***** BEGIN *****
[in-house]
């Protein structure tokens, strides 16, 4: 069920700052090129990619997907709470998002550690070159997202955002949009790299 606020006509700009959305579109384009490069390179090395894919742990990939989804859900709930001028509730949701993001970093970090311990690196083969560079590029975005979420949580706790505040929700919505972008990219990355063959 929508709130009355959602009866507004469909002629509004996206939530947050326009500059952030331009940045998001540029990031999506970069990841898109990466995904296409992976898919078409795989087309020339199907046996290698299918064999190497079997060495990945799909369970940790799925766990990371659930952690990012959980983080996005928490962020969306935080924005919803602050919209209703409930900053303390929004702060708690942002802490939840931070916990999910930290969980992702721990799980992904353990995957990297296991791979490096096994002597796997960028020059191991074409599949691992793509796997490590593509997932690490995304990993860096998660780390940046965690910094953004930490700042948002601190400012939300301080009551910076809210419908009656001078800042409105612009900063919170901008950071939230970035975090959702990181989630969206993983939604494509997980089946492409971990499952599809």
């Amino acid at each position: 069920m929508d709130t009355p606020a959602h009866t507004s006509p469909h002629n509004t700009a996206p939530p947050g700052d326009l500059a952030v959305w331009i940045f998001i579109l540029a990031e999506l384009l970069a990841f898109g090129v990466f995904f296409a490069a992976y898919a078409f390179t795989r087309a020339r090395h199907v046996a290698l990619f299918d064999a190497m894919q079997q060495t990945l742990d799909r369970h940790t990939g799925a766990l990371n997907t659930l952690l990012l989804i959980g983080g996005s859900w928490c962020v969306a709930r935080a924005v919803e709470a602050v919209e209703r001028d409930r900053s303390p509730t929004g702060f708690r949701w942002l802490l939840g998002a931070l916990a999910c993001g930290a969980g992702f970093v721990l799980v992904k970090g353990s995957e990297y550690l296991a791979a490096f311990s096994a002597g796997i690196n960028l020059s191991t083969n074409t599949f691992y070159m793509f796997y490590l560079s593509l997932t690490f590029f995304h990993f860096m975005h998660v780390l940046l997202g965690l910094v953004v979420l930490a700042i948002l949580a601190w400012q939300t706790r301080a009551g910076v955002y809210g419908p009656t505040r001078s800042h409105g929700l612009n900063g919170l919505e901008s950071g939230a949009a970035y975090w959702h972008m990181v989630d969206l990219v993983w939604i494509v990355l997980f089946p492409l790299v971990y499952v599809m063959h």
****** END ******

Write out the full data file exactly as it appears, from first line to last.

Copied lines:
[in-house]
């Protein structure tokens, strides 16, 4: 069920700052090129990619997907709470998002550690070159997202955002949009790299 606020006509700009959305579109384009490069390179090395894919742990990939989804859900709930001028509730949701993001970093970090311990690196083969560079590029975005979420949580706790505040929700919505972008990219990355063959 929508709130009355959602009866507004469909002629509004996206939530947050326009500059952030331009940045998001540029990031999506970069990841898109990466995904296409992976898919078409795989087309020339199907046996290698299918064999190497079997060495990945799909369970940790799925766990990371659930952690990012959980983080996005928490962020969306935080924005919803602050919209209703409930900053303390929004702060708690942002802490939840931070916990999910930290969980992702721990799980992904353990995957990297296991791979490096096994002597796997960028020059191991074409599949691992793509796997490590593509997932690490995304990993860096998660780390940046965690910094953004930490700042948002601190400012939300301080009551910076809210419908009656001078800042409105612009900063919170901008950071939230970035975090959702990181989630969206993983939604494509997980089946492409971990499952599809």
């Amino acid at each position: 069920m929508d709130t009355p606020a959602h009866t507004s006509p469909h002629n509004t700009a996206p939530p947050g700052d326009l500059a952030v959305w331009i940045f998001i579109l540029a990031e999506l384009l970069a990841f898109g090129v990466f995904f296409a490069a992976y898919a078409f390179t795989r087309a020339r090395h199907v046996a290698l990619f299918d064999a190497m894919q079997q060495t990945l742990d799909r369970h940790t990939g799925a766990l990371n997907t659930l952690l990012l989804i959980g983080g996005s859900w928490c962020v969306a709930r935080a924005v919803e709470a602050v919209e209703r001028d409930r900053s303390p509730t929004g702060f708690r949701w942002l802490l939840g998002a931070l916990a999910c993001g930290a969980g992702f970093v721990l799980v992904k970090g353990s995957e990297y550690l296991a791979a490096f311990s096994a002597g796997i690196n960028l020059s191991t083969n074409t599949f691992y070159m793509f796997y490590l560079s593509l997932t690490f590029f995304h990993f860096m975005h998660v780390l940046l997202g965690l910094v953004v979420l930490a700042i948002l949580a601190w400012q939300t706790r301080a009551g910076v955002y809210g419908p009656t505040r001078s800042h409105g929700l612009n900063g919170l919505e901008s950071g939230a949009a970035y975090w959702h972008m990181v989630d969206l990219v993983w939604i494509v990355l997980f089946p492409l790299v971990y499952v599809m063959h």